For indirect immunofluorescence, cells were plated on poly-D-lysine-treated glass coverslips (12 mm in diameter; Electron Microscopy Sciences, Ft. Washington, PA) in 24-well plates (Falcon). Neuronal cultures were fixed 48-72 hours after transfection with 2% paraformaldehyde (PFA) in phosphate buffered saline (PBS), pH 7.4. COS-7 and MDCK cells were fixed 17-24 hours after transfection with 2% PFA. A chicken polyclonal anti-GFP antibody (Chemicon) was used as a primary antibody to enhance the signal of GFP-chimeras in neuronal transfections. Fixed cells were first washed with PBS and then blocked for 20 minutes with blocking solution (2% normal goat serum, 0.3% TX-100 in PBS). Cells were incubated with primary antibodies in blocking solution for 1 hour at room temperature, washed with PBS, and then incubated with appropriate fluorochrome-conjugated secondary antibodies in blocking solution for 1 hour at room temperature. After washing with PBS, the coverslips were mounted on slides (Frost Plus, Fisher) with Fluoromount-G (Southern Biotechnology Associates, Birmingham, AL). Fluorescent images were obtained using a Leica TCS NT laser-scanning confocal microscope with a Krypton-Argon laser (Leica Microsystems, Wetzlar, Germany). All confocal images were derived from 8-10 consecutive horizontal optical sections estimated at 0.2-0.5 μm in thickness. For multichannel imaging, fluorescent dyes were imaged sequentially in frame-interlace mode, to eliminate cross talk between the channels.
The measurement of the correlation between the average pixel intensities of GAD65-GFP and the ER marker DsRed2-ER, the trans-Golgi marker TGN38, and the cis-Golgi marker GM130 was performed using the correlation plot application in MetaMorph software (Universal Imaging Company, Downingtown, PA). In the first set of experiments, the analysis was performed on projected confocal images of COS-7 cells co-transfected with either wt or palmitoylation-deficient GAD65-GFP and DsRed2-ER. In the second set of experiments, the analysis was performed on projected confocal images of rat hippocampal neurons transfected with either wt or palmitoylation-deficient GAD65-GFP and immunostained for endogenous TGN38 or GM130. A region of approximately 10 μm2 was drawn on the image with red fluorescence (DsRed2-ER, TGN38, and GM130) and then this image was thresholded prior to the measurement, so that only pixels that have intensities that are outside of the threshold range of both GAD65-GFP and either DsRed2-ER, TGN38 or GM130 images were excluded from the measurement. This measurement was repeated in four different areas per cell and the average calculated. A total of 10 cells from two separate experiments were analyzed per condition. For every image pixel being analyzed, Metamorph examines the intensity of the corresponding pixels in the two images, and uses the two intensity values as the x and y coordinates in the scatterplot. The correlation coefficient (r) of the data is defined as r=Σ xy/NSx Sy, where r=correlation coefficient, xy=product of deviation scores, N=sample size, Sx=standard deviation of x (intensities in first image), and Sy=standard deviation of y (intensities in second image).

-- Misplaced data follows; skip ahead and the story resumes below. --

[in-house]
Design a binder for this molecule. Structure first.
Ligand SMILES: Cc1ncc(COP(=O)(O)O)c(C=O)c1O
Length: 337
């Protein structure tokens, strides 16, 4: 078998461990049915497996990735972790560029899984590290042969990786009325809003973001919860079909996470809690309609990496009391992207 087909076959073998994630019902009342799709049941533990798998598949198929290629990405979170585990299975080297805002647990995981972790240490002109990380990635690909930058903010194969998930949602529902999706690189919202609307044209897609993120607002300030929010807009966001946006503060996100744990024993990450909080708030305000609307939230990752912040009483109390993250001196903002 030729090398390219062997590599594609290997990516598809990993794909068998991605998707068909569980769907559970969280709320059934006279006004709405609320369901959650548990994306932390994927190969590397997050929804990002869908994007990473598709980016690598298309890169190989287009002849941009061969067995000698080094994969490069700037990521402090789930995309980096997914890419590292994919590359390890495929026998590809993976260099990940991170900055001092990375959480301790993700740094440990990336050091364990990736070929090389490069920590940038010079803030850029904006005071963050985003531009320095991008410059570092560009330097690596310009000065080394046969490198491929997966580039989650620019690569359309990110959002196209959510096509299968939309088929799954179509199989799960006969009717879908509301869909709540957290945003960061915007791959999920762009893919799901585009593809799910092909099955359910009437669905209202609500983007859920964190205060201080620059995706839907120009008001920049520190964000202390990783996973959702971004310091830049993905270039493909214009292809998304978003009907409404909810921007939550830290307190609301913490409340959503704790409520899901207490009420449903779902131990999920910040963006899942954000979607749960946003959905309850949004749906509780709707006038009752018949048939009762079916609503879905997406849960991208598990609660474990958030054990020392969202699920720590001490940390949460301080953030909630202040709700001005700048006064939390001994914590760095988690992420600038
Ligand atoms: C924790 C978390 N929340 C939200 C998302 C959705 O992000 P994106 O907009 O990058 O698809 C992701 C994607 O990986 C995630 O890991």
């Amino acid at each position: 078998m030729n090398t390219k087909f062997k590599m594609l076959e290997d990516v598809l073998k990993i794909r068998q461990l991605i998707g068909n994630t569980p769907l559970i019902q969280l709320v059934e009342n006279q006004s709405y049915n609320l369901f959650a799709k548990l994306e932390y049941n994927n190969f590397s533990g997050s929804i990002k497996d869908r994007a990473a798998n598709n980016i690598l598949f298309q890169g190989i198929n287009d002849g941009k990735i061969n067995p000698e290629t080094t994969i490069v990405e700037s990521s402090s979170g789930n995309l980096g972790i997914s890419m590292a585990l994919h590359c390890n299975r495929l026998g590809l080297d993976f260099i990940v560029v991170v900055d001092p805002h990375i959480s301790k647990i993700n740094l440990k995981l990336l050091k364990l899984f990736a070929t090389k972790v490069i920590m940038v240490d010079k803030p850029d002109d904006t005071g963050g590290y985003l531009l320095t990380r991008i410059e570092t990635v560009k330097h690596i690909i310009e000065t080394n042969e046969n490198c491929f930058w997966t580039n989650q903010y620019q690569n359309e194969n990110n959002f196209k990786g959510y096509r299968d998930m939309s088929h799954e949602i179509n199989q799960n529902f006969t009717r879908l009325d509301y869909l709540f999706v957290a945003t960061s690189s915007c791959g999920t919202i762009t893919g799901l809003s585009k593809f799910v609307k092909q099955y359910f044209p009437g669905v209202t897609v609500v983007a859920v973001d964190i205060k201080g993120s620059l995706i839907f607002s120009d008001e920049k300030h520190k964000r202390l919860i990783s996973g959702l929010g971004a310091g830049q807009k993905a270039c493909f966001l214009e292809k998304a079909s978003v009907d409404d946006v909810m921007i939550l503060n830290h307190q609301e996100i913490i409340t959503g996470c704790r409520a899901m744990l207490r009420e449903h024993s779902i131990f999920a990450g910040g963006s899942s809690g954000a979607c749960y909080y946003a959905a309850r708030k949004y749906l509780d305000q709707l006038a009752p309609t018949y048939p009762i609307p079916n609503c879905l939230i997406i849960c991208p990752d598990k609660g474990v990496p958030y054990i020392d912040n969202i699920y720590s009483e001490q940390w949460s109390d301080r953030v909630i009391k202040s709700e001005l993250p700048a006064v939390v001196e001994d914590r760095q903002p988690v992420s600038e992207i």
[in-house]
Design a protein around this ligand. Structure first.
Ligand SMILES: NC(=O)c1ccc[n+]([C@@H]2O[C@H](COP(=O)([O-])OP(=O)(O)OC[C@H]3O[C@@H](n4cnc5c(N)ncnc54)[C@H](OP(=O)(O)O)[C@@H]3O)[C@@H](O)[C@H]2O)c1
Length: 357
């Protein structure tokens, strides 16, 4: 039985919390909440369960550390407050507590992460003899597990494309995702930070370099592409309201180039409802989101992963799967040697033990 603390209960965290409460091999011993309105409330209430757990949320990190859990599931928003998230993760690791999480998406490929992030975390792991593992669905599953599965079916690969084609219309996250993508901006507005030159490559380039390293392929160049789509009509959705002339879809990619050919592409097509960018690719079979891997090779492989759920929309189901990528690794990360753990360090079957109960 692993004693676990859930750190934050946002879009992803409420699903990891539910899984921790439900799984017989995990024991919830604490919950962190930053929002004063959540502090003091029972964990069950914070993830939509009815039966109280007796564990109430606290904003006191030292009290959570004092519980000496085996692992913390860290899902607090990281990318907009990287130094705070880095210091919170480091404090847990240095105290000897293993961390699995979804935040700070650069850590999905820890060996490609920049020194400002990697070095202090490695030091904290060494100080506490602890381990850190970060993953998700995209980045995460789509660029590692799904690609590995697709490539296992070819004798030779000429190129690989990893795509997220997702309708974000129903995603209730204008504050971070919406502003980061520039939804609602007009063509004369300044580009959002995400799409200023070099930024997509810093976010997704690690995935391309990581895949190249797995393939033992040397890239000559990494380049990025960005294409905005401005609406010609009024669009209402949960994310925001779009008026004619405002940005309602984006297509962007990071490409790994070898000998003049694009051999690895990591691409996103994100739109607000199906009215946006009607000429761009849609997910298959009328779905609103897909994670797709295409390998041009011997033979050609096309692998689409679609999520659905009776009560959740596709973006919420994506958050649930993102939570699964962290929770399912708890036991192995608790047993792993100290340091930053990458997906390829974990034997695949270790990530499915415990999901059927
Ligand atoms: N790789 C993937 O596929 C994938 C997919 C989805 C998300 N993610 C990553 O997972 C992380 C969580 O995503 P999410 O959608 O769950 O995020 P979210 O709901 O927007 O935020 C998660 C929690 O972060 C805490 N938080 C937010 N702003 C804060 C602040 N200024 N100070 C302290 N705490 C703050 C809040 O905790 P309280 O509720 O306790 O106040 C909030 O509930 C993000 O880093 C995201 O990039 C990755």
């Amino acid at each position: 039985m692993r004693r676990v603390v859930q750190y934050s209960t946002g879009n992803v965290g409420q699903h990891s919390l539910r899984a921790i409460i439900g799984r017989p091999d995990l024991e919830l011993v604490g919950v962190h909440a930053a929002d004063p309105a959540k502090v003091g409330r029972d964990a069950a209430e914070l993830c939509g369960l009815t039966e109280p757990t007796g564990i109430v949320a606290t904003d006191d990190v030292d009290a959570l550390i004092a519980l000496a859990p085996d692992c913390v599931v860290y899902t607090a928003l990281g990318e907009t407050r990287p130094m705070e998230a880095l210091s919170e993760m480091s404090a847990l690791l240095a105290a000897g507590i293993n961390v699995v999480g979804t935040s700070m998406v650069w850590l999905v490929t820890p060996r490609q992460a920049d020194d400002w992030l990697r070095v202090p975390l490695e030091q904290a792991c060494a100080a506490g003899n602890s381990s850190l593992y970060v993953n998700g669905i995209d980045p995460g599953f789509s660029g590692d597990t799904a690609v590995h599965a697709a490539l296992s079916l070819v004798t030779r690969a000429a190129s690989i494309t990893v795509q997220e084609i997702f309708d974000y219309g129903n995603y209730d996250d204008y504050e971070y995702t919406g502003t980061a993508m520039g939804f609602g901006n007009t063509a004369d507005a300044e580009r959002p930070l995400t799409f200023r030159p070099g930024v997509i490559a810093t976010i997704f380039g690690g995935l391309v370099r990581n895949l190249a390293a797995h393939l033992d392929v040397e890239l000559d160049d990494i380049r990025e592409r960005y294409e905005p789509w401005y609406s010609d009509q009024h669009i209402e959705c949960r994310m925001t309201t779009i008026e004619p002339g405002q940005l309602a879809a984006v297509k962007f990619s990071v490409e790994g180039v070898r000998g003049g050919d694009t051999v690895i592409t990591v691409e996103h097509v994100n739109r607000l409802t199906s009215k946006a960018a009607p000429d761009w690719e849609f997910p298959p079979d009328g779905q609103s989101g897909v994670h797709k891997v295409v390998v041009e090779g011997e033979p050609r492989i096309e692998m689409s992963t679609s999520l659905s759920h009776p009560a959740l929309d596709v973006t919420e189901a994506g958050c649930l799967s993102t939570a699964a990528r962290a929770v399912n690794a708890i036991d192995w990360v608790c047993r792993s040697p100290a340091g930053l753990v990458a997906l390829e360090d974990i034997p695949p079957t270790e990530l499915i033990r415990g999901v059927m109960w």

Quantification of the number of GAD65-GFP-containing vesicles in the cytosol of transfected COS-7 cells was performed manually on projected confocal images of COS-7 cells using Improvision Openlab software. The number of vesicles was counted in an area of approximately 10 μm2 and was repeated five times per cell for a total of five cells per condition. Results of quantification were analyzed by a t-test using a two-tailed distribution and two-sample equal variance.
Live-cell imaging and photobleaching
For live-cell experiments, rat hippocampal neurons, COS-7 and MDCK cells were cultured in Lab-Tek chambers with 1.0 borosilicate cover glasses (Nalge Nunc International, Naperville, IL) or on 1.5 round cover glasses (A. Daigger & Company, Wheeling, IL). Hippocampal neurons were transfected at DIV 7 using Effectene reagent and live-cell imaging was carried out at DIV 10 in neurobasal medium without Phenol Red. COS-7 cells were transfected using FuGENE 6 transfection reagent (Roche, Indianpolis, IN) and MDCK cells were transfected using LipofectAMINE 2000 reagent. Live-cell experiments of COS-7 and MDCK cells were performed 24-48 hours after transfection in DMEM as above without Phenol Red and containing 25 mM HEPES pH 7.5 (Biosource International, Rockville, MD). For live imaging of COS-7 cells during the BFA treatment, BFA was diluted to 50 μg/ml in imaging medium and added to cells at final concentration of 5 μg/ml just prior to beginning of the imaging experiment. For disruption of microtubules but not Golgi in COS-7 cells, the cell culture medium was changed to ice-cold imaging medium containing 5 μg/ml nocodazole and cells were cooled on ice for 10 minutes. The cell culture medium was then changed to 37°C imaging medium containing 5 μg/ml nocodazole and FRAP experiments were performed 5 minutes later in the continued presence of nocodazole at 37°C to prevent polymerization of new microtubules. Control experiments were performed using vehicle alone (DMSO). For inhibition of palmitoylation, 2-BP was added to hippocampal neurons at a final concentration of 25 μM, 56 hours after transfection and to COS-7 cells 16 hours after transfection. Cells were incubated with 2-BP or the vehicle, DMSO, for 5 hours at 37°C prior to FRAP analysis.